Tag Archives: slope

Slope, Constant of Proportionality, Unit Rate, Rate, Rate of Change

A question was posed recently that I find intriguing and important. The question was, “what is the difference between slope, constant of proportionality, unit rate, and rate of change?” I researched the answer to this to evaluate my own understanding of these terms. Here is what I found (and am open to feedback as my understanding evolves).

First, I found a credible website that provides a glossary of math terms, the Connected Math Program page on the Michigan State University website.

In this glossary I found the definitions of the terms in question, along with the term rate.

I then found examples from a Google search that provided more of a visual image of each term.

https://slideplayer.com/slide/8986590/

Note that when we identify slope in an equation, we are identifying the slope of a line from the equation of the line. Slope is a measure of steepness of a line so the number likely should be thought of in that context.

https://www.brightstorm.com/math/algebra/linear-equations-and-their-graphs/finding-the-slope-of-a-line-from-an-equation-problem-2/

The constant of proportionality can be found in different representations, but it is a constant while the slope is a measure of steepness – a special type of constant. (See definitions from MSU).

https://www.teacherspayteachers.com/Product/Proportional-Relationships-2493738

A rate, as seen in the definition above, involves units. A rate of change is the change of input and output variables so this is a little different than a simple rate as units may not be cited but could be cited (see last two images below).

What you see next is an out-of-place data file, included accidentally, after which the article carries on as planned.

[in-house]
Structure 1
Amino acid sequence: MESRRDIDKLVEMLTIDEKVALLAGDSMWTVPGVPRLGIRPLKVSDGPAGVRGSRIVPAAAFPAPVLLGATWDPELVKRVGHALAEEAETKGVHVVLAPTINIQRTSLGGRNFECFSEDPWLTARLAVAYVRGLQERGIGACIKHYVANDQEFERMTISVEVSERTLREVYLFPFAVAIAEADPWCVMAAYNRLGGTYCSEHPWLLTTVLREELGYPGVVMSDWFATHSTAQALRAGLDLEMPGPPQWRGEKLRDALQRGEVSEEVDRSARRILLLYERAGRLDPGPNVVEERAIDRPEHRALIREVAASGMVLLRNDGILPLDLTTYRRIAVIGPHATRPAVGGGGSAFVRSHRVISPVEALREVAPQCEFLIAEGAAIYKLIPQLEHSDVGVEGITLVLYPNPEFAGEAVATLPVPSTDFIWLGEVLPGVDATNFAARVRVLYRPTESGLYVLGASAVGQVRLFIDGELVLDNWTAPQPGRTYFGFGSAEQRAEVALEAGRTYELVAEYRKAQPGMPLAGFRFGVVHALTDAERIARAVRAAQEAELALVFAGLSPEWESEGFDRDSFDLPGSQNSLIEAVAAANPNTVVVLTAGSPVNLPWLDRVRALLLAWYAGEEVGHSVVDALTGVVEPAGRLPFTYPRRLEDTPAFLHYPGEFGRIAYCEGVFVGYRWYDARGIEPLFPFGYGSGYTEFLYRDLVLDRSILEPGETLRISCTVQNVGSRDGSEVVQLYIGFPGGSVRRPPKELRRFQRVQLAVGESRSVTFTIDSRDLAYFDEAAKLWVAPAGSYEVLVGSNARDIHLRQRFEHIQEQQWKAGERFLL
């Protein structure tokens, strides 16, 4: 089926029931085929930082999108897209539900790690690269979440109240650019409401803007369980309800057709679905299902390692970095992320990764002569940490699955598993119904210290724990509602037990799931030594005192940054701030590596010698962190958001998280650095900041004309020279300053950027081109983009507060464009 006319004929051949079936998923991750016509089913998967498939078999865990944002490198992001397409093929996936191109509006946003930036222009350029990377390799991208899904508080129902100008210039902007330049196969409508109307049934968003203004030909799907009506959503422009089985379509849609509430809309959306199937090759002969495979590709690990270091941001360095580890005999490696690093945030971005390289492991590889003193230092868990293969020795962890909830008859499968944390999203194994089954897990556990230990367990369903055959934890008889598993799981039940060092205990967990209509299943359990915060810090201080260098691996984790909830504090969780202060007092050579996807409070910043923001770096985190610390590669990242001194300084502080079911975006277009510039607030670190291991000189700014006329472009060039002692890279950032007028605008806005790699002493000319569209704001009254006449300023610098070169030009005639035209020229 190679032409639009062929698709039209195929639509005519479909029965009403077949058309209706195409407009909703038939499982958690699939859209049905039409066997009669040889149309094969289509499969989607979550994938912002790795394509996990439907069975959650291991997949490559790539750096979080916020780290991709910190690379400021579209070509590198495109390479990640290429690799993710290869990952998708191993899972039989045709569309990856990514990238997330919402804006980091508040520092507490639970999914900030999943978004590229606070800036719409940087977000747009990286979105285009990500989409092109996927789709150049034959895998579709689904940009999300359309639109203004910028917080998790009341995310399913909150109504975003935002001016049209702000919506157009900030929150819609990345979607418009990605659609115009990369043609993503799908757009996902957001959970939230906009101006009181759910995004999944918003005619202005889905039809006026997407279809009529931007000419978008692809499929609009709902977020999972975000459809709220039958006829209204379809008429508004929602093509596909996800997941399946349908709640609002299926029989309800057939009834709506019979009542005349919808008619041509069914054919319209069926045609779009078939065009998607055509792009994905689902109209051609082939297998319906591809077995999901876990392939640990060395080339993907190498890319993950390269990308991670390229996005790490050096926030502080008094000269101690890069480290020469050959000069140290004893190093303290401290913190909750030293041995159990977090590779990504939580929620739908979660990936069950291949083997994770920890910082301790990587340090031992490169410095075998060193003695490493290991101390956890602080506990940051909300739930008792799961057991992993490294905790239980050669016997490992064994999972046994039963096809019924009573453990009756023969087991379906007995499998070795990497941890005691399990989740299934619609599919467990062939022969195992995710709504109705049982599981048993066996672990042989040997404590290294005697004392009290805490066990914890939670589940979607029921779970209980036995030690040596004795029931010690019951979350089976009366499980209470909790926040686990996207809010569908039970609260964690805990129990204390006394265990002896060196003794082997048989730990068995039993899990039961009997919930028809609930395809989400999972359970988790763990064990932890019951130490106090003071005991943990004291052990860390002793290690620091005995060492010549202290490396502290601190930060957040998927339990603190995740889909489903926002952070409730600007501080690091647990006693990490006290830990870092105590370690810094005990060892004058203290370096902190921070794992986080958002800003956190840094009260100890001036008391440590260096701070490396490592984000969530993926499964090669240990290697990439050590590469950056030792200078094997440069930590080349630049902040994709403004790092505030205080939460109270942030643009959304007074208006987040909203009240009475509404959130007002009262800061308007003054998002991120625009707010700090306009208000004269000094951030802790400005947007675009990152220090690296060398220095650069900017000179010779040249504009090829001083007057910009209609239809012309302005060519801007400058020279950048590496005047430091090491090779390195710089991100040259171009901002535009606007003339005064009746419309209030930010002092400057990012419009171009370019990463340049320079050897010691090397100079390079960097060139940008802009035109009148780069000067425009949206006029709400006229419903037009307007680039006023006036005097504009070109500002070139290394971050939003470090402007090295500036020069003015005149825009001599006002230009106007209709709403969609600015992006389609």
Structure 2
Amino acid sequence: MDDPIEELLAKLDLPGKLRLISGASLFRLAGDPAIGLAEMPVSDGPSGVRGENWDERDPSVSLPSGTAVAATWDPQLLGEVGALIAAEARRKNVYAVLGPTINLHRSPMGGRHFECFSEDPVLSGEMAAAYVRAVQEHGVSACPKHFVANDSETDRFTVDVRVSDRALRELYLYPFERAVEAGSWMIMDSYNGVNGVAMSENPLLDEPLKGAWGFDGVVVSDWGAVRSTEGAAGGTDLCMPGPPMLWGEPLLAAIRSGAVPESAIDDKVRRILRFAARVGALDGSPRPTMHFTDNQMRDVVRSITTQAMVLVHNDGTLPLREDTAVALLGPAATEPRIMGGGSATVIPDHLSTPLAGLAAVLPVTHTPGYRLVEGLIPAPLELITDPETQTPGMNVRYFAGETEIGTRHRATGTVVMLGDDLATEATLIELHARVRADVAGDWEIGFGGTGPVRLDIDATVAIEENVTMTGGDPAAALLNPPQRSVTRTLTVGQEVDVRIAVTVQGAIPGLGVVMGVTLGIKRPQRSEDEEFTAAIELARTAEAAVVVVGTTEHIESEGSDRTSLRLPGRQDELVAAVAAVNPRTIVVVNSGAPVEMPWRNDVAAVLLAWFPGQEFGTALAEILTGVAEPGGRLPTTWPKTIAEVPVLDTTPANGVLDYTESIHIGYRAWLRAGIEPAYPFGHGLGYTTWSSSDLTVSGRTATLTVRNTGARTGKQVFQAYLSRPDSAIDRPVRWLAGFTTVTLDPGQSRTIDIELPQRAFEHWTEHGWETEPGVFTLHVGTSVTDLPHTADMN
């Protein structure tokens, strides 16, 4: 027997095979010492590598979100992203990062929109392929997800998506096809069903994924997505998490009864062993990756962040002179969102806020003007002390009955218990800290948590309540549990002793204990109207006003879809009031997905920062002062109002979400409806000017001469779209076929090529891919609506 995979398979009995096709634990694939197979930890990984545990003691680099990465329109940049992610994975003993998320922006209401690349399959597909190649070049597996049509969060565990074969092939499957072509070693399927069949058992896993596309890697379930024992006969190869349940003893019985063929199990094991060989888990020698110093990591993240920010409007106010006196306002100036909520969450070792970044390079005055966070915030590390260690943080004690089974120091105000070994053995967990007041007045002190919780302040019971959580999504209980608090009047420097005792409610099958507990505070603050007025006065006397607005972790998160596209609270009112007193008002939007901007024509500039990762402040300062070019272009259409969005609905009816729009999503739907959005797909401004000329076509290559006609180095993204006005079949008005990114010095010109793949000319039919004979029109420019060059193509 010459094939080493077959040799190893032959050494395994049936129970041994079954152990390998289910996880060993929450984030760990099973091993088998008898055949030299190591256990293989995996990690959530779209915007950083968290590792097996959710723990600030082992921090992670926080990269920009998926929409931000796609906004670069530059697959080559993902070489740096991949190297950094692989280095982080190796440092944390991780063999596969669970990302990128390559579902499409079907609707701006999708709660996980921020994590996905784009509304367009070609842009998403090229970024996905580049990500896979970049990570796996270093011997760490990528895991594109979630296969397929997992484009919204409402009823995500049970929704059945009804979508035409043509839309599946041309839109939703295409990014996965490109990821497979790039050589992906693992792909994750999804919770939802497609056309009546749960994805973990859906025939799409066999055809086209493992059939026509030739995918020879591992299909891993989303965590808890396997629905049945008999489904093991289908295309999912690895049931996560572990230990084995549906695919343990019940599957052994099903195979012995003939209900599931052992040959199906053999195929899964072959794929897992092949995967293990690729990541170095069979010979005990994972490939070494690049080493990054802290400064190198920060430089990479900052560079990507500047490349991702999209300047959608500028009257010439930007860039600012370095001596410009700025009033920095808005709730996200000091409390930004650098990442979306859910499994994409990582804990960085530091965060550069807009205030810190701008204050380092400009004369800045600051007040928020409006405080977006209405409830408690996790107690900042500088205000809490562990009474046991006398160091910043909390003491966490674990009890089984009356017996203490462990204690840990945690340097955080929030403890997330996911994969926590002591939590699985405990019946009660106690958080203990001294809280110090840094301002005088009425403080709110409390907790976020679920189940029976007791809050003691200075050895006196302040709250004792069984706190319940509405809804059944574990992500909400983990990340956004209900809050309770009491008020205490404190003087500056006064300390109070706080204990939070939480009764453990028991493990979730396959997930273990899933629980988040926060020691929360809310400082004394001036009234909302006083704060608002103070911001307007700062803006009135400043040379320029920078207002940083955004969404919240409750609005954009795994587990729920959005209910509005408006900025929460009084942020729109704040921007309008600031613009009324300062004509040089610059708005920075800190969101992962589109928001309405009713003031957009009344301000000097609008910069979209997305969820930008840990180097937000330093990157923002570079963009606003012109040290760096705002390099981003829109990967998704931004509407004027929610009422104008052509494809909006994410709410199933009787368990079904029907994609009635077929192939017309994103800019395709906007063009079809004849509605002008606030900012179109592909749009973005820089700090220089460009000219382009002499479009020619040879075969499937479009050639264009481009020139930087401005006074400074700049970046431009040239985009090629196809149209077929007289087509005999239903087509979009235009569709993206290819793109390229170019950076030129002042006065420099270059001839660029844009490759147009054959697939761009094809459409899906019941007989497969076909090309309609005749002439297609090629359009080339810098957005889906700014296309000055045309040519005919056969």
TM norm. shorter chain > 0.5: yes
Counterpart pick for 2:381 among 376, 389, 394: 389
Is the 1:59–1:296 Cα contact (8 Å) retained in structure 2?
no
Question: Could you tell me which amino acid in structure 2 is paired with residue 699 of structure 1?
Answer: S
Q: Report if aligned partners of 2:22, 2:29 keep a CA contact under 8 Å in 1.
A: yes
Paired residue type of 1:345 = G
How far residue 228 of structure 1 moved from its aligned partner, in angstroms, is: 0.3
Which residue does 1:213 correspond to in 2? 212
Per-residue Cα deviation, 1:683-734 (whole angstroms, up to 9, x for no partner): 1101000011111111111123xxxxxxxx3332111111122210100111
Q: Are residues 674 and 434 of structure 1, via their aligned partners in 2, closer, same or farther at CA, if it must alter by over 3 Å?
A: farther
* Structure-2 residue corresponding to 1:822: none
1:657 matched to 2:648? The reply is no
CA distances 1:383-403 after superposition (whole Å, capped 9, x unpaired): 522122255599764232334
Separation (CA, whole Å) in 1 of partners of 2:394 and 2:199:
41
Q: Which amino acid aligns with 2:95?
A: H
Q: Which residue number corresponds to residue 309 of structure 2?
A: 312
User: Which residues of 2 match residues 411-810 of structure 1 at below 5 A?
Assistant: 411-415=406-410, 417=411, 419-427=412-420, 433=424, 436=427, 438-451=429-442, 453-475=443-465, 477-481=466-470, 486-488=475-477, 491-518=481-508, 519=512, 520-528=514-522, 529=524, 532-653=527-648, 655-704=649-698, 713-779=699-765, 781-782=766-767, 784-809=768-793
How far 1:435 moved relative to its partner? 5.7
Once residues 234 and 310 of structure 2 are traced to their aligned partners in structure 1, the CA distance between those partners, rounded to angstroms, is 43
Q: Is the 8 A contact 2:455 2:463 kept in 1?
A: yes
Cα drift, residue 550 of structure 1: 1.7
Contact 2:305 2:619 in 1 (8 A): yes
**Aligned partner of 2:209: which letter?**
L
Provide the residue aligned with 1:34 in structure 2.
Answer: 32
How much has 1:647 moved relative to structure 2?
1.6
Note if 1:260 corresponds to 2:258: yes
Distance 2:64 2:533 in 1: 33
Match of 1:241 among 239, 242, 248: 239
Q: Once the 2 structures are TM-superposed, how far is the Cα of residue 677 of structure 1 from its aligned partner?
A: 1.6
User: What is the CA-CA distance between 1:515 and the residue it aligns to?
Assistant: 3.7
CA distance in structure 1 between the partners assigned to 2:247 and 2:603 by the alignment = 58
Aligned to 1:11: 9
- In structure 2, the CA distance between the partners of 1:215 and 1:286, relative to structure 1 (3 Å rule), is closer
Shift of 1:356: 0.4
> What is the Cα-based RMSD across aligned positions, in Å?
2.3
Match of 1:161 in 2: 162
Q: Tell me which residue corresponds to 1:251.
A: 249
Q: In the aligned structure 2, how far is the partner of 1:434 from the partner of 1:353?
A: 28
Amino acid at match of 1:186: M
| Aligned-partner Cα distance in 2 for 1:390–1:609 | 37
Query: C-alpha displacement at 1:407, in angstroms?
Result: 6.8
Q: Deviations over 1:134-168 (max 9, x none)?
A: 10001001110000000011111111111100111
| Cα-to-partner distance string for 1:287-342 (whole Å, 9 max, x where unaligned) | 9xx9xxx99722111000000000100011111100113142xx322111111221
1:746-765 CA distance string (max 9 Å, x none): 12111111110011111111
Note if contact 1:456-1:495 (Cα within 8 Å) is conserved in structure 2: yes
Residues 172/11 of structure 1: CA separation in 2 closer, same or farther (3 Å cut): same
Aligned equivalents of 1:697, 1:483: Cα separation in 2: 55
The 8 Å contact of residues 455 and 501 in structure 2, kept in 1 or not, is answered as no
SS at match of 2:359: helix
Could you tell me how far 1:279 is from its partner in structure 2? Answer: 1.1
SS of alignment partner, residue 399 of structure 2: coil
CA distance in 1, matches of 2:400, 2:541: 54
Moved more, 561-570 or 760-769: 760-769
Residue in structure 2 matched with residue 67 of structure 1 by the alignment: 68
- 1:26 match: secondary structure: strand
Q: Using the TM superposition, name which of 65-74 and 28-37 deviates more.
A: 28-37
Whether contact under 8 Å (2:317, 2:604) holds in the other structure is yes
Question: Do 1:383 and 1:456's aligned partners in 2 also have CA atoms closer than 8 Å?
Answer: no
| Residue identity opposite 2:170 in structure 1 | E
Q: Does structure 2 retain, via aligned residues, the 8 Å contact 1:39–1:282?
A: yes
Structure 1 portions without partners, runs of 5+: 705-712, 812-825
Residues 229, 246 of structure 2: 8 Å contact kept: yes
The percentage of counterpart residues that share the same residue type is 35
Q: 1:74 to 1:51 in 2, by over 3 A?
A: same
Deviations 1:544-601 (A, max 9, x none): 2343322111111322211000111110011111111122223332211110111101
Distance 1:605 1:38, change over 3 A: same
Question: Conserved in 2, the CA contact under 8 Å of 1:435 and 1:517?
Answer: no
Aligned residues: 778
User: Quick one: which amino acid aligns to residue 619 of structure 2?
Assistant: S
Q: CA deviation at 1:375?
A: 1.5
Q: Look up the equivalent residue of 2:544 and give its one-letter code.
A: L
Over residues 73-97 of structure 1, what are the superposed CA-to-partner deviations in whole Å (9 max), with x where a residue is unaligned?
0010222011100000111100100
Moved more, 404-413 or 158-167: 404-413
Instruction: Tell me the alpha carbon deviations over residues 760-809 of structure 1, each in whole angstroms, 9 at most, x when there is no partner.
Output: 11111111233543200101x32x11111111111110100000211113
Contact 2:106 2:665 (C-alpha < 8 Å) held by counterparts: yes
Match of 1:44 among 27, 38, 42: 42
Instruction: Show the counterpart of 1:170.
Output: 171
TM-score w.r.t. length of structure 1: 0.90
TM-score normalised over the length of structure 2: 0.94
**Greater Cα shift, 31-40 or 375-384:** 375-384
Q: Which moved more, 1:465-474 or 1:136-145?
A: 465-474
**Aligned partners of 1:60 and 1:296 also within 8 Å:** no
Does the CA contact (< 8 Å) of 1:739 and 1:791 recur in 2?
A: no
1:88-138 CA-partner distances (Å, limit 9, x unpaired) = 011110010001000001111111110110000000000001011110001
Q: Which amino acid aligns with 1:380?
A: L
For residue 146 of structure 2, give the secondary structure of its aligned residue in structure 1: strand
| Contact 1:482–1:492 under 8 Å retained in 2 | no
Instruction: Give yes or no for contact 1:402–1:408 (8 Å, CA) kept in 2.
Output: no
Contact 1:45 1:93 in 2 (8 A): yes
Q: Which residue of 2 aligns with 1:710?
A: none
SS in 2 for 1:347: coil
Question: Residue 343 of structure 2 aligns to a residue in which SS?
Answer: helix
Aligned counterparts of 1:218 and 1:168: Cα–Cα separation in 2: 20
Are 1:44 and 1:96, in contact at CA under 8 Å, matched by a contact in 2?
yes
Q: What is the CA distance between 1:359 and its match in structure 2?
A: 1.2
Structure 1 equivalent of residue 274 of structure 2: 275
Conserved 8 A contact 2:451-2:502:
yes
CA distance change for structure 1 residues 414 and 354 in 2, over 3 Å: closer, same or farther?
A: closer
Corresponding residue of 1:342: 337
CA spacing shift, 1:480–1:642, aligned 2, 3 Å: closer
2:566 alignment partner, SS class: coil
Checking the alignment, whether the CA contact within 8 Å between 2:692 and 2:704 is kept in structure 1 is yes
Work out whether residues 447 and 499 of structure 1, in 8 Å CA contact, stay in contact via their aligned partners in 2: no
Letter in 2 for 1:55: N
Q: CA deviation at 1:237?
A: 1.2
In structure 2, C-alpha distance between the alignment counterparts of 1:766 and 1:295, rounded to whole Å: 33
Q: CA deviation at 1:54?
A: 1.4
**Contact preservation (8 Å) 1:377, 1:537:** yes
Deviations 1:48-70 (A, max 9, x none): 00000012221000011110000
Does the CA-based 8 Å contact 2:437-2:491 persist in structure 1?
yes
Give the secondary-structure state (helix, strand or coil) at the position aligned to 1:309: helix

https://www.texasgateway.org/resource/predicting-effects-changing-slope-problem-situations

The confusion for many of us is that there is overlap between these terms, depending on context. This is similar to the man on the right who can be referred as father or son, depending on the context. Slope is a rate of change for a line. A constant of proportionality is the slope for a linear representation of a proportional relationship.

https://jay-harold.com/health-problems-caused-by-lead-15-jobs-with-lead-exposure/african-american-grandfather-father-and-son-on-porch-3/

The constant of proportionality is a constant but can be interpreted in a given context.

https://www.commoncoresheets.com/SortedByGrade.php?Sorted=7rp2b

Slope is a ratio that can be interpreted in a given context. In the example below, slope = 100/1 and is interpreted as a rate of change of $100 per month.

https://www.pinterest.ca/amp/pin/260434790923519917/
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CCSS MATH Coherence Map – 3rd Grade Groups of Objects to HS Slope

A hidden treasure is the Common Core of State Standards Math Coherence Map. It is an interactive flow chart that shows connections between the various standards.

  • If you are teaching math, you can see the connections between what you are teaching, what was taught previously, and how you are preparing students for their future math education.